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Riku Rouvilahello@rikurouvila.fi +358504700715CVGitHub icon
Published on Nov 1st 2018

Define value boundaries early, keep things flat

This is actually one of my personal favourite refactors. It reduces nesting, gives structure for functions and in many cases provides the answer to readers' question quicker.

From this:

function upload(file) {
  if (file.size < 9999999) {
    /* 1. */
    if (file.name.length > 5) { 
      if (file.format === 'jpeg') {
        saveFile('jpegs/' + file.name);
      /* 2. */
      } else {
        saveFile('others/' + file.name);
      }
    }
  }
}

To this:

function upload(file) {
  if (file.size >= 9999999) {
    return;
  }
  
  if (file.name.length <= 5) {
    return;
  }

  if (file.format === 'jpeg') {
    saveFile('jpegs/' + file.name);
    return;
  }
  
  saveFile('others/' + file.name);
}

Explanation

1. Always avoid nesting if statements

In most cases it's not actually needed. Oftentimes it's a sign that conditions should be either flipped (take a look at what happens to if (file.size < 9999999)) or combined.

1.1. Define parameter boundaries early, maximise happy code

Notice also that by doing this, we are able to draw a line between dangerous code, where we're unsure about the validity of our parameters and the happy code where we know the input is always valid. Happy code is easier to both read and write and we aim to maximise the amount of it.

1.2. Validate as soon as you can

In this example, we would ideally want to validate the file parameter before it hits this function. That way we could drop the if statements altogether. We could do this for example in the function calling this function. Or even the function calling that one. Ideally we wouldn't have invalid files in our application at all!

👍 As a rule of thumb: Validate user inputted parameters as soon as they reach your code.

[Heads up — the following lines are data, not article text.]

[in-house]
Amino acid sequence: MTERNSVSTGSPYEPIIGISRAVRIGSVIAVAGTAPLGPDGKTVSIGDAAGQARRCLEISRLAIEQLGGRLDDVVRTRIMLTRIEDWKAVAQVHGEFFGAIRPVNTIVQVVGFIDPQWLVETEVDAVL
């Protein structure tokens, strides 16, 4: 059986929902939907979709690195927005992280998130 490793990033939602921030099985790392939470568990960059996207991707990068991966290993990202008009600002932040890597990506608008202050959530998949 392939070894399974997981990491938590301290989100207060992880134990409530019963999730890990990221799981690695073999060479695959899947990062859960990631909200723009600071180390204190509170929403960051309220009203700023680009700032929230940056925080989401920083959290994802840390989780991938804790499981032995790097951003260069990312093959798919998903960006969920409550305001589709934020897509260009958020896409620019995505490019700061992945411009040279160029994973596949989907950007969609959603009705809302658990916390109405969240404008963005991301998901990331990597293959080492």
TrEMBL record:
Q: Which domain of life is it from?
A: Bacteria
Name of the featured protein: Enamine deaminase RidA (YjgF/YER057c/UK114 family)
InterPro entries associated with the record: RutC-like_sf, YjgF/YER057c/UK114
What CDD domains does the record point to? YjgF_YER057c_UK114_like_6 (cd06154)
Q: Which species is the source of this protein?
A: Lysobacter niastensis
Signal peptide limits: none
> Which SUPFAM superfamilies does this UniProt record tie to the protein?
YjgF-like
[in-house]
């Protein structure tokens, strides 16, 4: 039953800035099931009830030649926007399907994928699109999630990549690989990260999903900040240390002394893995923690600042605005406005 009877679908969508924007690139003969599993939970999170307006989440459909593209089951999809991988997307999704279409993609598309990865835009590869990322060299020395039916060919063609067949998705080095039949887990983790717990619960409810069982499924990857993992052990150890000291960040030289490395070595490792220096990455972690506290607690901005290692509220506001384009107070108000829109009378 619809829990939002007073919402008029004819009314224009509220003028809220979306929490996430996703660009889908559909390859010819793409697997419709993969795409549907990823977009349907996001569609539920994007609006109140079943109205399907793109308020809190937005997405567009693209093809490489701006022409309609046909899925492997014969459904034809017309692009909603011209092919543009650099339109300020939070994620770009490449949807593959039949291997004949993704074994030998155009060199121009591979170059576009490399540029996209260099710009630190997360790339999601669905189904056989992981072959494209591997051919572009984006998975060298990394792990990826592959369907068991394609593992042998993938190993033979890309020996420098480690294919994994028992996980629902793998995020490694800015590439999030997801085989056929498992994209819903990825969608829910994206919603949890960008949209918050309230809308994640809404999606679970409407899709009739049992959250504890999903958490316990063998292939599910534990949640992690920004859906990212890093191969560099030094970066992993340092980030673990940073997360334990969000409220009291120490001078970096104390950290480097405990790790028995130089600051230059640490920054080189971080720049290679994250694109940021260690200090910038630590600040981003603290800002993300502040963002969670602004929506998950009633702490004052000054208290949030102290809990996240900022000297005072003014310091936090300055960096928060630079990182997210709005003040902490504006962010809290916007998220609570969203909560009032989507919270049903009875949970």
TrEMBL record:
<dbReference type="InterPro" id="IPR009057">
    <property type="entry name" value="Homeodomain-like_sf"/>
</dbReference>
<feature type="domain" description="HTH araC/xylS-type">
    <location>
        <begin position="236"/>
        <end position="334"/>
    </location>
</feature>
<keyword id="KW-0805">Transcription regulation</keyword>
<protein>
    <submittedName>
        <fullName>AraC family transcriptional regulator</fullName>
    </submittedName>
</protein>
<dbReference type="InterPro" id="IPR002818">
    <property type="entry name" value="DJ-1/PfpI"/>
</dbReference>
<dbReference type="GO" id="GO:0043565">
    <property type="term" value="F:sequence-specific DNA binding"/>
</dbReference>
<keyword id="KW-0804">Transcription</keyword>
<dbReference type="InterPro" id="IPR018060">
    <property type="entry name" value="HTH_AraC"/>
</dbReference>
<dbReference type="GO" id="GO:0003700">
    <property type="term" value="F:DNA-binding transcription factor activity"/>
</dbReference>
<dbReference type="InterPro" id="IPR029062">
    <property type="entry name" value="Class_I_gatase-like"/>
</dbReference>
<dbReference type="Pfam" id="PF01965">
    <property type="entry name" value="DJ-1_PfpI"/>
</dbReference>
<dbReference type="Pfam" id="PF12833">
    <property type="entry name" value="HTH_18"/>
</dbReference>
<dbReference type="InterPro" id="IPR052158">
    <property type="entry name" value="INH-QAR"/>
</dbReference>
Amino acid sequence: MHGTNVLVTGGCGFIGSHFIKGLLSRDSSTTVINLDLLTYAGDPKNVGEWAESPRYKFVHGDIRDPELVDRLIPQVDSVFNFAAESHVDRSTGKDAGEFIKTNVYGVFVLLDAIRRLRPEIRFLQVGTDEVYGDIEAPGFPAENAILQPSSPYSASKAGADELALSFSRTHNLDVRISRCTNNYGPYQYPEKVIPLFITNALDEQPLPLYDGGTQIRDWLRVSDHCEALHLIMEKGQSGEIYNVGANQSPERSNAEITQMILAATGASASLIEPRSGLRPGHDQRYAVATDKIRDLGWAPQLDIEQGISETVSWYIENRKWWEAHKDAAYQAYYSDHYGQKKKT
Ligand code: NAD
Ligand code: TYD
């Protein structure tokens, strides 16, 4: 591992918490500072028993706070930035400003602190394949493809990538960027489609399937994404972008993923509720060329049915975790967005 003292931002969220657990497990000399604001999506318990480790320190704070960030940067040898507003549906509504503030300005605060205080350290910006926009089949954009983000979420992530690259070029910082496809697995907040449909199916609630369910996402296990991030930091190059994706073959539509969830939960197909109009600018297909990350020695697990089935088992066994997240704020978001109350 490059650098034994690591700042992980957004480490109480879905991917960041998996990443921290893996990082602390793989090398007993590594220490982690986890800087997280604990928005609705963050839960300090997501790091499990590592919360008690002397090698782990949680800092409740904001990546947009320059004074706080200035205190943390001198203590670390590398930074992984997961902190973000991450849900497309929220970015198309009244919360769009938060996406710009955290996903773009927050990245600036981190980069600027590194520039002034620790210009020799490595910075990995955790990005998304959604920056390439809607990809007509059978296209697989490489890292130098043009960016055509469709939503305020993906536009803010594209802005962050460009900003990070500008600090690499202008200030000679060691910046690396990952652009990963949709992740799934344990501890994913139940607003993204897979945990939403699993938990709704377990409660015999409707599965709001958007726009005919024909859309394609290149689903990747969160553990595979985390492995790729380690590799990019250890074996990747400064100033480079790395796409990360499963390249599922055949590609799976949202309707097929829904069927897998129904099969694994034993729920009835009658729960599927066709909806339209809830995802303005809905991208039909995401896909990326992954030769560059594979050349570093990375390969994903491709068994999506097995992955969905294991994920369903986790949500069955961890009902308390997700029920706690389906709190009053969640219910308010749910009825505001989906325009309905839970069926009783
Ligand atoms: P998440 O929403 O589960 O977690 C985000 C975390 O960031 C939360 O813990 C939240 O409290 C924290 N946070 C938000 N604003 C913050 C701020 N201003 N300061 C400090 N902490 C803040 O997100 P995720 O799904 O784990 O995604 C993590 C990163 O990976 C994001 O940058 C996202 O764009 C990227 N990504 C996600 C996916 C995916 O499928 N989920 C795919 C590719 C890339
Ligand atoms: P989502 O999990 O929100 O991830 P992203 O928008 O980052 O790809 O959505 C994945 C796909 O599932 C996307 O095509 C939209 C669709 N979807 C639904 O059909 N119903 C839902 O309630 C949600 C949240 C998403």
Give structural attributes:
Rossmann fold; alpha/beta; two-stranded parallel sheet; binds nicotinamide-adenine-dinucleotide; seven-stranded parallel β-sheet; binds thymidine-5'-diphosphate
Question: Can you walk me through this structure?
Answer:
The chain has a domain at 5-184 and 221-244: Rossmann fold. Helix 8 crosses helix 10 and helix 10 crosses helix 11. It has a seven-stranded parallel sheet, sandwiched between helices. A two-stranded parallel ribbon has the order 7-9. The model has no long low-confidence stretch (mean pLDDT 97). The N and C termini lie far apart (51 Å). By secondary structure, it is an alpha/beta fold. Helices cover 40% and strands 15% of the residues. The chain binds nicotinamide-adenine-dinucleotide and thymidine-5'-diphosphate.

function upload(file) {
-   if (file.size < 9999999) {
-     /* 1. */
-     if (file.name.length > 5) { 
-       if (file.format === 'jpeg') {
-         saveFile('jpegs/' + file.name);
-       /* 2. */
-       } else {
-         saveFile('others/' + file.name);
-       }
-     }
+   if (file.size >= 9999999) {
+     return;
+   }
+   
+   if (file.name.length <= 5) { 
+     return
+   }
+   if (file.format === 'jpeg') {
+     saveFile('jpegs/' + file.name);
+   /* 2. */
+   } else {
+     saveFile('others/' + file.name);
  }
}
function upload(file) {
  if (file.size >= 9999999) {
    return;
  }
  
  if (file.name.length <= 5) { 
    return
  }
  if (file.format === 'jpeg') {
    saveFile('jpegs/' + file.name);
  /* 2. */
  } else {
    saveFile('others/' + file.name);
  }
}

2. else is often unnecessary

In this case getting rid of else by returning from the first branch gets rid of 1 level of indentation. Some linters also complain about this, because the code will be unreachable

function upload(file) {
  if (file.size >= 9999999) {
    return;
  }
  
  if (file.name.length <= 5) { 
    return
  }
  
  if (file.format === 'jpeg') {
    saveFile('jpegs/' + file.name);
- } else {
-   saveFile('others/' + file.name);
+   return;
  }
+   
+  saveFile('others/' + file.name);
}

Why I say it's often unnecessary is, that there are cases where it can be argued using else improves readability.

Consider:

if (user) {
  res.send(200)
} else {
  res.send(404)
}

vs

if (user) {
  res.send(200)
  return
} 
res.send(404)

Which one do you prefer? The latter one indeed saves you one indent, but adds a return statement that only has the purpose of stopping the function from running. (credits to @Cadiac for this)


I love feedback!

First of all: thank you so much for reading!
If you have something to ask, don't agree with something I say or just wanna have a chat, feel free to ping me on Twitter.

Freelance Software Developer in Tampere, FinlandRiku Rouvila
Software developer